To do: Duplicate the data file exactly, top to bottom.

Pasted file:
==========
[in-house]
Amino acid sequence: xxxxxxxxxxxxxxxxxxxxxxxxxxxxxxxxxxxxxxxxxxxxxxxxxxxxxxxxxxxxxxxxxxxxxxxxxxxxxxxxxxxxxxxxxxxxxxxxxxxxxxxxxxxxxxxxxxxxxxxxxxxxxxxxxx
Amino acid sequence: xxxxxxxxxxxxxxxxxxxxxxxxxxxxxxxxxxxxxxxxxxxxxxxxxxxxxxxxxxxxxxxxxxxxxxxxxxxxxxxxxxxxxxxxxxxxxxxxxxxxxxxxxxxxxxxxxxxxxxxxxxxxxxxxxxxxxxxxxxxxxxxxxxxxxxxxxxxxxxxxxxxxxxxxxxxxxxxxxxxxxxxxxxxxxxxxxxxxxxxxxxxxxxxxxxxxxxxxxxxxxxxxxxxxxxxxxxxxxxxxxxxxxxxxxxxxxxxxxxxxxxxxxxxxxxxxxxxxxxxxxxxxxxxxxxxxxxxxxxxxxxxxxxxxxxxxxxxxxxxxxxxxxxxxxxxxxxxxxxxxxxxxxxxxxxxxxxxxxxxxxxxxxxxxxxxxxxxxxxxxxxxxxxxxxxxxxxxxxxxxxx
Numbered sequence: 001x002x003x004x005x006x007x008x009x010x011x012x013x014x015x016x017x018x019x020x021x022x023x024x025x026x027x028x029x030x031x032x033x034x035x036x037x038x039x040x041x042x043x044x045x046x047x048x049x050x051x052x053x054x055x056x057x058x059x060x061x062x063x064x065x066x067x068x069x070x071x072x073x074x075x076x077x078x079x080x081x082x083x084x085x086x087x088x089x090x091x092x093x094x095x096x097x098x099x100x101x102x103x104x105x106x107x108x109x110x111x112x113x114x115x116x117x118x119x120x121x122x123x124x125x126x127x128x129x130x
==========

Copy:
[in-house]
Amino acid sequence: xxxxxxxxxxxxxxxxxxxxxxxxxxxxxxxxxxxxxxxxxxxxxxxxxxxxxxxxxxxxxxxxxxxxxxxxxxxxxxxxxxxxxxxxxxxxxxxxxxxxxxxxxxxxxxxxxxxxxxxxxxxxxxxxxx
Amino acid sequence: xxxxxxxxxxxxxxxxxxxxxxxxxxxxxxxxxxxxxxxxxxxxxxxxxxxxxxxxxxxxxxxxxxxxxxxxxxxxxxxxxxxxxxxxxxxxxxxxxxxxxxxxxxxxxxxxxxxxxxxxxxxxxxxxxxxxxxxxxxxxxxxxxxxxxxxxxxxxxxxxxxxxxxxxxxxxxxxxxxxxxxxxxxxxxxxxxxxxxxxxxxxxxxxxxxxxxxxxxxxxxxxxxxxxxxxxxxxxxxxxxxxxxxxxxxxxxxxxxxxxxxxxxxxxxxxxxxxxxxxxxxxxxxxxxxxxxxxxxxxxxxxxxxxxxxxxxxxxxxxxxxxxxxxxxxxxxxxxxxxxxxxxxxxxxxxxxxxxxxxxxxxxxxxxxxxxxxxxxxxxxxxxxxxxxxxxxxxxxxxxxx
Numbered sequence: 001x002x003x004x005x006x007x008x009x010x011x012x013x014x015x016x017x018x019x020x021x022x023x024x025x026x027x028x029x030x031x032x033x034x035x036x037x038x039x040x041x042x043x044x045x046x047x048x049x050x051x052x053x054x055x056x057x058x059x060x061x062x063x064x065x066x067x068x069x070x071x072x073x074x075x076x077x078x079x080x081x082x083x084x085x086x087x088x089x090x091x092x093x094x095x096x097x098x099x100x101x102x103x104x105x106x107x108x109x110x111x112x113x114x115x116x117x118x119x120x121x122x123x124x125x126x127x128x129x130x